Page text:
In the latest Horsham to Horsham article from Australia, Wimmera Mail-Times newspaper chief of staff Lauren Henry reveals the sporting passion for September.
HORSHAM, Australia, is in the grip of a fever.
Footy finals fever - September is one of the most exciting months on the calendar.
There is nothing better, or more Australian, than an afternoon at the footy.
With the sun shining, consuming either a snag or hamburger from the barbecue or a meat pie, and sometimes accompanied with a social beer, there are few more popular social outings in Horsham.
Footy finals in the Wimmera draw big crowds.
While not on the scale of the 80,000 mark you will see for an AFL match at the MCG, the thousands that go along to the Wimmera Football League or Horsham District League finals make for quite an atmosphere.
In regional areas, football games, Australian Rules Football, are played each weekend, mostly Saturday, during winter.
Clubs are made up of football and netball teams, making it quite a family affair.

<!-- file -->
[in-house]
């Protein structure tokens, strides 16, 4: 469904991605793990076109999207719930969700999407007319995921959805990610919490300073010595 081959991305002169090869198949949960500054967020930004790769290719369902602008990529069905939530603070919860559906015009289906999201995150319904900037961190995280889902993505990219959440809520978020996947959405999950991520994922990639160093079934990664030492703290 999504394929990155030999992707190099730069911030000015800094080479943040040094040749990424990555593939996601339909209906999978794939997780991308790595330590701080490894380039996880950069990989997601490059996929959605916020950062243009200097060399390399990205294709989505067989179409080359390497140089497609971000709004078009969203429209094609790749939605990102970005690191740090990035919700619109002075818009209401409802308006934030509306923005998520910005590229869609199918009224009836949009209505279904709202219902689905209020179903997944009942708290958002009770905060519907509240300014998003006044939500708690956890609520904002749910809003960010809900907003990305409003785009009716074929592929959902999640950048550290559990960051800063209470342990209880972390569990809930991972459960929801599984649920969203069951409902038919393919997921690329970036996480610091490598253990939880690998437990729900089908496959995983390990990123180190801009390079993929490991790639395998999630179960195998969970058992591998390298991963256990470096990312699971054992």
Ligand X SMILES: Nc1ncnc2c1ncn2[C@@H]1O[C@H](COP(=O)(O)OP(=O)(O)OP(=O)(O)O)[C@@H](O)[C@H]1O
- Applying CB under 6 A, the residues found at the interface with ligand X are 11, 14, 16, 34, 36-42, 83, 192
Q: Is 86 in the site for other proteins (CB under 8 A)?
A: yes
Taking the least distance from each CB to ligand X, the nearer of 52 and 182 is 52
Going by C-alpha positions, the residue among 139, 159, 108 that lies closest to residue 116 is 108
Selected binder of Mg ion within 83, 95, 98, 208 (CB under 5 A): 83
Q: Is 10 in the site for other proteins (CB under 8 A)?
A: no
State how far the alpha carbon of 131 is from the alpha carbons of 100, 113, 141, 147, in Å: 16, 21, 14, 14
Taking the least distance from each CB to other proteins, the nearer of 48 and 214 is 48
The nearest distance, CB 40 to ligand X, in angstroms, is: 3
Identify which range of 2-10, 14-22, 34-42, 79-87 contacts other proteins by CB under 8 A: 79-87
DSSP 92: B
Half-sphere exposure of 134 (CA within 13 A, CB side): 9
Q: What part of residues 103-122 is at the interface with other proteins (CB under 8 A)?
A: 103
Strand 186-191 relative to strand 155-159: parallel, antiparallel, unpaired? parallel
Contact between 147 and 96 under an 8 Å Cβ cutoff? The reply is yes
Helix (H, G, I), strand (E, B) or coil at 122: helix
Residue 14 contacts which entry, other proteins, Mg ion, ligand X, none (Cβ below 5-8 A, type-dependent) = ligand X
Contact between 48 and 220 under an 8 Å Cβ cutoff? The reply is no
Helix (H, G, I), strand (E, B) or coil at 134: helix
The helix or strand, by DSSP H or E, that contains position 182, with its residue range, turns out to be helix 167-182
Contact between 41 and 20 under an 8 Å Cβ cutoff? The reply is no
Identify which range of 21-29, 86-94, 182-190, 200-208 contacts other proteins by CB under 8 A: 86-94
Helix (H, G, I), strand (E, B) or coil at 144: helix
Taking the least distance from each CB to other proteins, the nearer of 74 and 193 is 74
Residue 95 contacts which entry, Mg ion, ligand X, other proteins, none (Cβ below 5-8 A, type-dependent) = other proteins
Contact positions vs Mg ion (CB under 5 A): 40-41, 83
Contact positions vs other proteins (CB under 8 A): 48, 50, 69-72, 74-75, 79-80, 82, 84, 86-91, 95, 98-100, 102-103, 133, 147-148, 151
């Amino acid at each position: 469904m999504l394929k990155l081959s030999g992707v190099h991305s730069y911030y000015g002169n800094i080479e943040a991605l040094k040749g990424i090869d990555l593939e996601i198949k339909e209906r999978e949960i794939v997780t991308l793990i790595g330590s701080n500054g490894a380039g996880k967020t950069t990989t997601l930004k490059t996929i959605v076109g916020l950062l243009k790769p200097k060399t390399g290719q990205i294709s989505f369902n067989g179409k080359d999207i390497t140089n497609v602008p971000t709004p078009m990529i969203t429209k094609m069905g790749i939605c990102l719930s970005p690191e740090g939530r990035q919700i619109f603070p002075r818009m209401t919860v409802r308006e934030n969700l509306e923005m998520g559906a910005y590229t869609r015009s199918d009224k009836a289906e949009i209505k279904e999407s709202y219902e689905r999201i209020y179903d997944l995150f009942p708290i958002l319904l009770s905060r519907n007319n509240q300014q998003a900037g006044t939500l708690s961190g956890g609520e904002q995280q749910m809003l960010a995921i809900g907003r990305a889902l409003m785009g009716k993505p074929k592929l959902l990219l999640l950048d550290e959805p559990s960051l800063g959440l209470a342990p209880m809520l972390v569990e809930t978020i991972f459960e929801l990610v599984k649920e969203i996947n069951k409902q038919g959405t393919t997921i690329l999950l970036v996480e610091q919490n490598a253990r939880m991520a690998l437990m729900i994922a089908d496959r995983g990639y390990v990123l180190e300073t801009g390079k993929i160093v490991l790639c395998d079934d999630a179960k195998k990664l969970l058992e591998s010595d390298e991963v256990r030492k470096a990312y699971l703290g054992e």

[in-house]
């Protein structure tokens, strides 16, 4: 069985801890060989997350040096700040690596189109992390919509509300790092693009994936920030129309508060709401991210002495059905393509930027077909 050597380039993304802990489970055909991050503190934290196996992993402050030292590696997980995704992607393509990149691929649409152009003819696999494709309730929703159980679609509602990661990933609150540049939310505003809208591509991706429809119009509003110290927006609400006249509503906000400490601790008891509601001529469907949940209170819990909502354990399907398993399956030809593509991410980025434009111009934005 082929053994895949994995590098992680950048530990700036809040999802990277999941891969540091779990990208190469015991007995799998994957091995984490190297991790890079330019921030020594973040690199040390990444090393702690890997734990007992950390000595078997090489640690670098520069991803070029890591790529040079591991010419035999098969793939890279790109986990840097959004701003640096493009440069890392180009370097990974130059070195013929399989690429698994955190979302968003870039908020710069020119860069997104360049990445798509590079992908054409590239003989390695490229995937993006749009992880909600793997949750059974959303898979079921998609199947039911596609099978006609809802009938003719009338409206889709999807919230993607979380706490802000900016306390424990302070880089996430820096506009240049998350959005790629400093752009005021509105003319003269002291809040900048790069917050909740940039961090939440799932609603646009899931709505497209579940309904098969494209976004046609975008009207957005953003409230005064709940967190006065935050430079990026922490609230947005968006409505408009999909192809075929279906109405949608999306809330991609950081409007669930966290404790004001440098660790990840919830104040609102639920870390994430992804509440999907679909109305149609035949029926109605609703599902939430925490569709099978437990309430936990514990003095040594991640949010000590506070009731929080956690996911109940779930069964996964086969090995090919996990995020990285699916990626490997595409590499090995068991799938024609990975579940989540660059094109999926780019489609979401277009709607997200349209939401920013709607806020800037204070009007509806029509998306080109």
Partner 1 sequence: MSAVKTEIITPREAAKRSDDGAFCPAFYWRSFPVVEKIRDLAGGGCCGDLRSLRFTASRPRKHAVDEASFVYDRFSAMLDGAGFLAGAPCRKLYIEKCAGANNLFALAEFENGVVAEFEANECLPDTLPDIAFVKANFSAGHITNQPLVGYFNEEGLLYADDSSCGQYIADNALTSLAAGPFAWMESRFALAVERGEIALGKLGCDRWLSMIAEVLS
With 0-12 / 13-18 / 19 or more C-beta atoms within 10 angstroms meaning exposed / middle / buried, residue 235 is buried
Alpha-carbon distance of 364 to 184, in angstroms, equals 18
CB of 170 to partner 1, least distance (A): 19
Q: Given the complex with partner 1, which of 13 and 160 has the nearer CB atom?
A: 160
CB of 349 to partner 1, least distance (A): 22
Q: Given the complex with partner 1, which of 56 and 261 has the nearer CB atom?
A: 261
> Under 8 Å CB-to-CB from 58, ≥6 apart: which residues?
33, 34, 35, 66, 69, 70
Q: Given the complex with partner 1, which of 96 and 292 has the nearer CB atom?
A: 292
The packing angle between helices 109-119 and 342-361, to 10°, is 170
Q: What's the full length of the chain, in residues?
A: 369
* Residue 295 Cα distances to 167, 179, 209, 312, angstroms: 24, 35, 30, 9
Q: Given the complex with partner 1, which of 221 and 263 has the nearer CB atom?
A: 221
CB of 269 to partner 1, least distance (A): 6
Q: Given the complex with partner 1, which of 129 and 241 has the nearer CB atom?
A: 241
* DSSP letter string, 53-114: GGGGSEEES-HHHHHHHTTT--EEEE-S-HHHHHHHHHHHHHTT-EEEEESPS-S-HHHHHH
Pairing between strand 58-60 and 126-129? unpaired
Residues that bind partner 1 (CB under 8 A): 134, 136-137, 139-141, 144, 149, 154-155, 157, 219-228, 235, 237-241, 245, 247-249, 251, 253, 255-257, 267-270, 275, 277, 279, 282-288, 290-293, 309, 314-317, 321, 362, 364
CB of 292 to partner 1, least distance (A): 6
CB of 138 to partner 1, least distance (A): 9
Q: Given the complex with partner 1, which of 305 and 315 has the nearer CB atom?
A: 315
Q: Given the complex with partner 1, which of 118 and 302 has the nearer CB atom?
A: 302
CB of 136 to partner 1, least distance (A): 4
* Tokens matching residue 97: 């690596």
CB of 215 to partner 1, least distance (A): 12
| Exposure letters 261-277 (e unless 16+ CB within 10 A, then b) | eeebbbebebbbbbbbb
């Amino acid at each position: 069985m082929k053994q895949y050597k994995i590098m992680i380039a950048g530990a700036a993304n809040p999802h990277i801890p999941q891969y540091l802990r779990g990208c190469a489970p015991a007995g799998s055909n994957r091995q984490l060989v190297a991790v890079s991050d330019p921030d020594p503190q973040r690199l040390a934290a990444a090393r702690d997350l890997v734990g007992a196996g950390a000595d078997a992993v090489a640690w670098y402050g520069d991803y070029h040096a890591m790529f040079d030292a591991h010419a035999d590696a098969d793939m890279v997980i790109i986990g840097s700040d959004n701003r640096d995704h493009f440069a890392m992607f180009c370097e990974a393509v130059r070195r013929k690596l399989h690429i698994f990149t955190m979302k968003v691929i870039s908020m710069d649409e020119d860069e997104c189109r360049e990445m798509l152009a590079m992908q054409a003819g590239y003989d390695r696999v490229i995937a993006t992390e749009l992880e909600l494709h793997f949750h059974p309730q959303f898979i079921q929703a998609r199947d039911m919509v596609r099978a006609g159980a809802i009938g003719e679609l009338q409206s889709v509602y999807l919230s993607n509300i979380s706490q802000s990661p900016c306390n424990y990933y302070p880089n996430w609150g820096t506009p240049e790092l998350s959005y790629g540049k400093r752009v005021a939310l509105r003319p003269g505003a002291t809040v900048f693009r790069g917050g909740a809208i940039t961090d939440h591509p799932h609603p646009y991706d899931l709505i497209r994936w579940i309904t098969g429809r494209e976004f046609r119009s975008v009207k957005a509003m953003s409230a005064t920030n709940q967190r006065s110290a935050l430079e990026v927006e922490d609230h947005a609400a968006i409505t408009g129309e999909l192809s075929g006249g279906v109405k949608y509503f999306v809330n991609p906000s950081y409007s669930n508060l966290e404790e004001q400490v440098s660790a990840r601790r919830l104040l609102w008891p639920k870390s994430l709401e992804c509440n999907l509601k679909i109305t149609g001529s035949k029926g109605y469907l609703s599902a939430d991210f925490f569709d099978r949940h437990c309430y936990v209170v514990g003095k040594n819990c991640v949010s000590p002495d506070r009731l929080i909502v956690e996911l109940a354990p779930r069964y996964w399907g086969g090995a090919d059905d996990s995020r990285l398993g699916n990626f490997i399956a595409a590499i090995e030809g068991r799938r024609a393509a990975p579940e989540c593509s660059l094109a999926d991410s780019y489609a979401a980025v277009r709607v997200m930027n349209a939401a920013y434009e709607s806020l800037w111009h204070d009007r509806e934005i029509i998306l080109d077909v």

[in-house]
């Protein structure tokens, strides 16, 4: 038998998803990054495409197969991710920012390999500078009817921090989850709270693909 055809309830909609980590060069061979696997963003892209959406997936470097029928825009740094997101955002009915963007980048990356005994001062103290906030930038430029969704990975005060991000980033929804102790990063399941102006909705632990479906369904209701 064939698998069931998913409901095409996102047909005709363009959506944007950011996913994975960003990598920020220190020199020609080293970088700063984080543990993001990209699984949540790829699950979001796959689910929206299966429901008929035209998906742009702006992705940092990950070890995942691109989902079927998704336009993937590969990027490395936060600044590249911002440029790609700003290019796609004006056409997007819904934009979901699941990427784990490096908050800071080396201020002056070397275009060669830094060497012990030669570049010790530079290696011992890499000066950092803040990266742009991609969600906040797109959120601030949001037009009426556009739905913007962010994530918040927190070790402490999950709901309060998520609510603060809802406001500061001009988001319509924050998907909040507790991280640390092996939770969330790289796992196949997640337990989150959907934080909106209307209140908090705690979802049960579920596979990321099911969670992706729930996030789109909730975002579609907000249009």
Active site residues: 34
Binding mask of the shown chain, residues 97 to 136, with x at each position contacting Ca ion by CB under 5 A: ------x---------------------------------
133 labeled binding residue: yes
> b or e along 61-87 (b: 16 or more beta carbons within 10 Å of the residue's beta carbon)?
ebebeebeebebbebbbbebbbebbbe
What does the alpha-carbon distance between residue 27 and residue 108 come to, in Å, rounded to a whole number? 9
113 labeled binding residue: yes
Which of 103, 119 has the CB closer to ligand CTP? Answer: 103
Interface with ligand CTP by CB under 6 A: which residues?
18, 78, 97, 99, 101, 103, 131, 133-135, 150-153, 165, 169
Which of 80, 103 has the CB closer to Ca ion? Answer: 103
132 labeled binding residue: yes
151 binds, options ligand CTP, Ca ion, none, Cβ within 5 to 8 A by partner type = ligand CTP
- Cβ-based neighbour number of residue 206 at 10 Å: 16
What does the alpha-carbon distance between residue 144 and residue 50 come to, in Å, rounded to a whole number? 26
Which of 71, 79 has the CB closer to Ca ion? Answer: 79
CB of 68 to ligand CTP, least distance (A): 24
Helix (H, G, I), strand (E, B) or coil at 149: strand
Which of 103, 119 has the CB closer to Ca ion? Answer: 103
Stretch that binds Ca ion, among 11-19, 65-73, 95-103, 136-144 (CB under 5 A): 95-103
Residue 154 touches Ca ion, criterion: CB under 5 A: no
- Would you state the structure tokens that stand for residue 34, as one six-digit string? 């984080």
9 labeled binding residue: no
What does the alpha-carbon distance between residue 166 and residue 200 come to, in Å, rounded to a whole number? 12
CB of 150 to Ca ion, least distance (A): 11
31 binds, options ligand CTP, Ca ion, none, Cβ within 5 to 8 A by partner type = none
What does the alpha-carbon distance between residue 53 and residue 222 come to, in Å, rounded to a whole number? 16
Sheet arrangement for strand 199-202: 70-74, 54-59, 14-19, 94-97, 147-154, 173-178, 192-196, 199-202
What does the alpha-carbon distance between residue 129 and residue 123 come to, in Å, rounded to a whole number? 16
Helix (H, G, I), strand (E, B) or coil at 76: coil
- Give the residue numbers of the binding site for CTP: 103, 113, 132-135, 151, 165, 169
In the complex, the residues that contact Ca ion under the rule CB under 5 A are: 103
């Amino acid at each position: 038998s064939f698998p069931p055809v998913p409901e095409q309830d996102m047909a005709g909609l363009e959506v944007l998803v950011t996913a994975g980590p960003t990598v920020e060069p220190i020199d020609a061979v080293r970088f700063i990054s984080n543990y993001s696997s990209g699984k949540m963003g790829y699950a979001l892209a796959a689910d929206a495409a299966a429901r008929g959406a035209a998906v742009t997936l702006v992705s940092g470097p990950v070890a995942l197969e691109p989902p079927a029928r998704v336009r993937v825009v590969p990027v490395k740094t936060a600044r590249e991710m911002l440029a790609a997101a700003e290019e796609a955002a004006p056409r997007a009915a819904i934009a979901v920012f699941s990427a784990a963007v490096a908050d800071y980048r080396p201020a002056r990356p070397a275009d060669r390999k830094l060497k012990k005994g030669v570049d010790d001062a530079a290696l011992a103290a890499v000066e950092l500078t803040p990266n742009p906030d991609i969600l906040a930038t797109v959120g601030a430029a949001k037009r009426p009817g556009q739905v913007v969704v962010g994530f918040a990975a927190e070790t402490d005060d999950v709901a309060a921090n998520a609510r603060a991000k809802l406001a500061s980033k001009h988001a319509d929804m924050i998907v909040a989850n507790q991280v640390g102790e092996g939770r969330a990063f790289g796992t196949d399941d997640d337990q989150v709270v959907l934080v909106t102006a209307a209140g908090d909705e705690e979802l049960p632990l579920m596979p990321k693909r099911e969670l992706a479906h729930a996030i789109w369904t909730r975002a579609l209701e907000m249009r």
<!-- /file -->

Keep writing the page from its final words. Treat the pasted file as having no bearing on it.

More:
There are many clubs that people can be involved with in Horsham and the surrounding region.
Smaller towns usually have one club to represent the town, but a rural city like Horsham has three major league clubs, and several clubs in surrounding districts.
And there are a variety of ways that people can get involved with a club, whether it be a player, coach, trainer, on the committee or simply helping out in the canteen.
Football, both AFL and local, sparks plenty of conversations and banter between family, friends, work colleagues and strangers alike.
The Wimmera Mail-Times sports writers are no different to football journalists across Australia, and love this time of year.
Finals, winning premierships, is what football is all about, isn’t it?
Horsham Football Club will be aiming for 10 consecutive premierships this season.
Its an amazing feat, which will go down in history if achieved.
But there are several teams eager to break the Demons’ streak, so the next couple of finals will be interesting.
Many people see footy as just a game but for others, it can be like a second family or a significant part of their culture and way of life.
It doesn’t matter if you love or hate footy, it is entrenched in the Australian social fabric, particularly in regional areas, like Horsham.